“Heart of the Matter,” Nature Version

Heart of the matter

We’ve had particularly cold temperatures in Minnesota so far this winter season. Back in December conditions were such that “sun dogs” appeared.  A sun dog (scientific term, parhelion from Greek parēlion, meaning “beside the sun”) is an atmospheric phenomenon that creates bright spots of light in the sky, often generating a luminous ring or halo on either side of the sun. They may appear as a colored patch of light to either side of the sun and can be seen anywhere in the world during any season. Sun dogs are not always obvious or bright and are best seen and most conspicuous when the sun is low.

My understanding is that sun dogs are commonly made by the refraction of light from ice crystals in high and cold cirrus clouds and are most likely to be spotted during very cold weather. The ice crystals, called diamond dust, drift in the air at low levels and act as prisms. The crystals can be randomly oriented and actually cause a complete ring…halo…around the sun. More often, as the crystals sink through the air, they become vertically aligned, so sunlight is refracted horizontally; in this case, sun dogs appear.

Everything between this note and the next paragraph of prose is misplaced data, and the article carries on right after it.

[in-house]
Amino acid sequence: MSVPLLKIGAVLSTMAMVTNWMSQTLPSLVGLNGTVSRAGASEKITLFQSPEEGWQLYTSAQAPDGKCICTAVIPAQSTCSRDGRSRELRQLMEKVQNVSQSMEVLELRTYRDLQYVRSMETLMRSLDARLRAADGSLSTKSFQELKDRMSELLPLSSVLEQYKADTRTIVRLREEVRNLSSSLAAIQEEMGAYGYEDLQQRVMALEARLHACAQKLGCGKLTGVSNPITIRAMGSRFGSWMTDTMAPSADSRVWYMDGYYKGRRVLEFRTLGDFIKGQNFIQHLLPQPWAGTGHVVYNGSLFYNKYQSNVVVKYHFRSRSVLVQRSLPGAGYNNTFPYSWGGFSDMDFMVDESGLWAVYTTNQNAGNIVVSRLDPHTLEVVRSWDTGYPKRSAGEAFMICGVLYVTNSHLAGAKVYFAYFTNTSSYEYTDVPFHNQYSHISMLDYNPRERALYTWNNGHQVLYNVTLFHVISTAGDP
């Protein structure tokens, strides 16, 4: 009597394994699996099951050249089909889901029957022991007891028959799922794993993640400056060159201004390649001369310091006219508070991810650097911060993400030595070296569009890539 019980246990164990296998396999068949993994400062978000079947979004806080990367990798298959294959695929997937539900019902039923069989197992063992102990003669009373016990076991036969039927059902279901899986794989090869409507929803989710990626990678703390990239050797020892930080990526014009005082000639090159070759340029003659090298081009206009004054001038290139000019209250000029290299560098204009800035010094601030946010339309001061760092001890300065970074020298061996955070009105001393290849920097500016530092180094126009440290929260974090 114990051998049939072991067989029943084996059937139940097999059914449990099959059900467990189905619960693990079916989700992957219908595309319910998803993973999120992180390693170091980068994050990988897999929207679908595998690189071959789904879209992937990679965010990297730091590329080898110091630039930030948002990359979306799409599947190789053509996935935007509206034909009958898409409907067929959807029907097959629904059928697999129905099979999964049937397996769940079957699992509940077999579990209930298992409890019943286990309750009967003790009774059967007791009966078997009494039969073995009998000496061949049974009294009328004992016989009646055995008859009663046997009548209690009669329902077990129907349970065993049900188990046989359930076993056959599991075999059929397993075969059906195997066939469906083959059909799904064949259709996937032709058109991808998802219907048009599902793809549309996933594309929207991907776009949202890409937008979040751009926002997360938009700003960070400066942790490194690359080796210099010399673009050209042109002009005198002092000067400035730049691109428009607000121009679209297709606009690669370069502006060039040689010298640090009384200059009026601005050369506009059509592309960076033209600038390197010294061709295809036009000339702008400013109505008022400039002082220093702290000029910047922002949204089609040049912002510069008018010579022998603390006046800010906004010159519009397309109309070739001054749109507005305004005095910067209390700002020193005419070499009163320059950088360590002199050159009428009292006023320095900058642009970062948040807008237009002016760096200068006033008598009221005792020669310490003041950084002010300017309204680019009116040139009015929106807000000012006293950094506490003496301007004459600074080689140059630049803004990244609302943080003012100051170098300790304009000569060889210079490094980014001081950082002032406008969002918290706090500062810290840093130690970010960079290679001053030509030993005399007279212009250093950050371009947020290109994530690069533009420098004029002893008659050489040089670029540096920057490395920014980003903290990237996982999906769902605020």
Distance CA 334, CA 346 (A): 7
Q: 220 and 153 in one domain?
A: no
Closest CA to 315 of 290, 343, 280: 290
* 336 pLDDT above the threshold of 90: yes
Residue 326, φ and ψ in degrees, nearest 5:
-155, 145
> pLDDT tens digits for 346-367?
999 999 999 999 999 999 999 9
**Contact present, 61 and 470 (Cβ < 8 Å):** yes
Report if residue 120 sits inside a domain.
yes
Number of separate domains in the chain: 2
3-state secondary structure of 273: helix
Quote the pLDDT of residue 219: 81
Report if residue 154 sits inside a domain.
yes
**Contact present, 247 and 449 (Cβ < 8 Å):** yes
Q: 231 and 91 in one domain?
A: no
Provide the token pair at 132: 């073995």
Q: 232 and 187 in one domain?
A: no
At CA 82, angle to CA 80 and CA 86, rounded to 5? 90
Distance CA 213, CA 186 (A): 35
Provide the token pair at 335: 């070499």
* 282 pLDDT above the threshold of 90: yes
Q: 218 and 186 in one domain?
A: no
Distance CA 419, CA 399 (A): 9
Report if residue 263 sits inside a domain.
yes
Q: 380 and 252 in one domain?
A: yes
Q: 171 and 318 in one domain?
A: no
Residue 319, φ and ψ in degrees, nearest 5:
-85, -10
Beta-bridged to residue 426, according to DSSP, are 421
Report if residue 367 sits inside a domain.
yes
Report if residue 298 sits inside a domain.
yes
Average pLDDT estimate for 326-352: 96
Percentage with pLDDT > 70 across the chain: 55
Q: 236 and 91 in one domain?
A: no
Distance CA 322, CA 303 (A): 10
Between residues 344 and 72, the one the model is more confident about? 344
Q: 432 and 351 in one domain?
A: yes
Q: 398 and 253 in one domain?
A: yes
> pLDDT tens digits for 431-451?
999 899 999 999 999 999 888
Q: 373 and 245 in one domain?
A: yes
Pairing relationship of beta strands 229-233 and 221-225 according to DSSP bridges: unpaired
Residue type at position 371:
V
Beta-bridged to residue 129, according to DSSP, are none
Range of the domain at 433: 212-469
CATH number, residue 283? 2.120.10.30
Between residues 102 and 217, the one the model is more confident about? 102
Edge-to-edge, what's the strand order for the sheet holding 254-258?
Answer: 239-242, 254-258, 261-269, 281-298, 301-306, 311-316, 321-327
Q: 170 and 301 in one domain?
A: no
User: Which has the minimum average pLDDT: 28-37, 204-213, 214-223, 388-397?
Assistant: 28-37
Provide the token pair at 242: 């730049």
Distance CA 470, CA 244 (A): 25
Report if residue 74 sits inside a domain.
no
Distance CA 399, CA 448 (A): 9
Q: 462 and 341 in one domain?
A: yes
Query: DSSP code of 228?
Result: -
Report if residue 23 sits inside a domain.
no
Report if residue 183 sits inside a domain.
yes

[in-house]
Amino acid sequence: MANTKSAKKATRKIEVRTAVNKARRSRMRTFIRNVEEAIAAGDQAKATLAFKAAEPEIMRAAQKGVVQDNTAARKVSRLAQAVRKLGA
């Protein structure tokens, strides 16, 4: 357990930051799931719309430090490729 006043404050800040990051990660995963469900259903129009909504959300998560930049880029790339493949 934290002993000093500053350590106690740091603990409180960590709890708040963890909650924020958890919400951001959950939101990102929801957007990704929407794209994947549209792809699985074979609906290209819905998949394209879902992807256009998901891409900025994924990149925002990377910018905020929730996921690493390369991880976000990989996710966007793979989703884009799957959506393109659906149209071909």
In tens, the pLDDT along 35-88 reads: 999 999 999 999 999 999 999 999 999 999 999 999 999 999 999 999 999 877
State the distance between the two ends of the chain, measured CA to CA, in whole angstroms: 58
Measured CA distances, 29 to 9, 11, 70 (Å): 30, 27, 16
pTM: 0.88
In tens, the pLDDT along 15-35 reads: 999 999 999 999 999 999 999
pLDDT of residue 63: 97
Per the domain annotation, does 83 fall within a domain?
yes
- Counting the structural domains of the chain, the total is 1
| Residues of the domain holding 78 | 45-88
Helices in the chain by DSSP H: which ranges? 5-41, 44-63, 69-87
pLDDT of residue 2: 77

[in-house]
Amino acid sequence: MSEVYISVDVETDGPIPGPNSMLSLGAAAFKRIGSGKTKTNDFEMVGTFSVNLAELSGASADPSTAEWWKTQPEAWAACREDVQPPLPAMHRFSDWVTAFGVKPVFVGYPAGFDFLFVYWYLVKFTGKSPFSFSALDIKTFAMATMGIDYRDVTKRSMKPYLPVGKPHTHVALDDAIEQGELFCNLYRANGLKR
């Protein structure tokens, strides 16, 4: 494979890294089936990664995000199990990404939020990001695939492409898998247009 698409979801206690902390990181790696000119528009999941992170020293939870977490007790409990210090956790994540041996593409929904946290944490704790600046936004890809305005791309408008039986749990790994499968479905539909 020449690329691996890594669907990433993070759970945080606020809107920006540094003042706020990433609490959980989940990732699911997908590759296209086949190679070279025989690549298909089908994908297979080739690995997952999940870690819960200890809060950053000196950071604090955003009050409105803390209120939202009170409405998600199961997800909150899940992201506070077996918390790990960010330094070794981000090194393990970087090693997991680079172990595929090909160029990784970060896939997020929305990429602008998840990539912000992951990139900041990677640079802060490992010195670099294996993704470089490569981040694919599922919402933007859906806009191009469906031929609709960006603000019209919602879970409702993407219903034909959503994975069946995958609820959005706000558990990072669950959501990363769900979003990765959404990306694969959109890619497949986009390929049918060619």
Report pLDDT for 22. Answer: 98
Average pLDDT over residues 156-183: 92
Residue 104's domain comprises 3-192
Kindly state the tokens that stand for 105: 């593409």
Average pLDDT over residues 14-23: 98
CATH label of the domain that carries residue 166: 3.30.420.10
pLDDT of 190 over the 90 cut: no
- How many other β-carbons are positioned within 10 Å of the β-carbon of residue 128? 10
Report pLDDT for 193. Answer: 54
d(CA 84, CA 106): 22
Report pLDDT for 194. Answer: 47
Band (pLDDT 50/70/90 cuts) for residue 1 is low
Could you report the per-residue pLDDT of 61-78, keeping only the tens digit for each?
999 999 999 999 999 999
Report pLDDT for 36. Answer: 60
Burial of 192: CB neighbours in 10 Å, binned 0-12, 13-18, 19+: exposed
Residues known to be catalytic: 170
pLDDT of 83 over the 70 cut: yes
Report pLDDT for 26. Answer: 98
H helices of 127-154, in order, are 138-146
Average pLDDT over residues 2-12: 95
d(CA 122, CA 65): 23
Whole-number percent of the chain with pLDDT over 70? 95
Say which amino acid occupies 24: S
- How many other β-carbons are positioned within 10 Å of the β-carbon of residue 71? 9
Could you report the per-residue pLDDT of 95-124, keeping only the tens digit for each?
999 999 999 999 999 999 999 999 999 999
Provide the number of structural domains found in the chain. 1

Some say it is possible to predict the forms of sun dogs as would be seen on other planets and moons. Mars might have sun dogs formed by both water-ice and CO2-ice. On the giant gas planets — Jupiter, Saturn, Uranus and Neptune — other crystals form the clouds of ammonia, methane and other substances that can produce halos with four or more sun dogs.

Talk about getting to the heart of the matter; a picture is really worth 1,000 words!

Source:  Wikipedia


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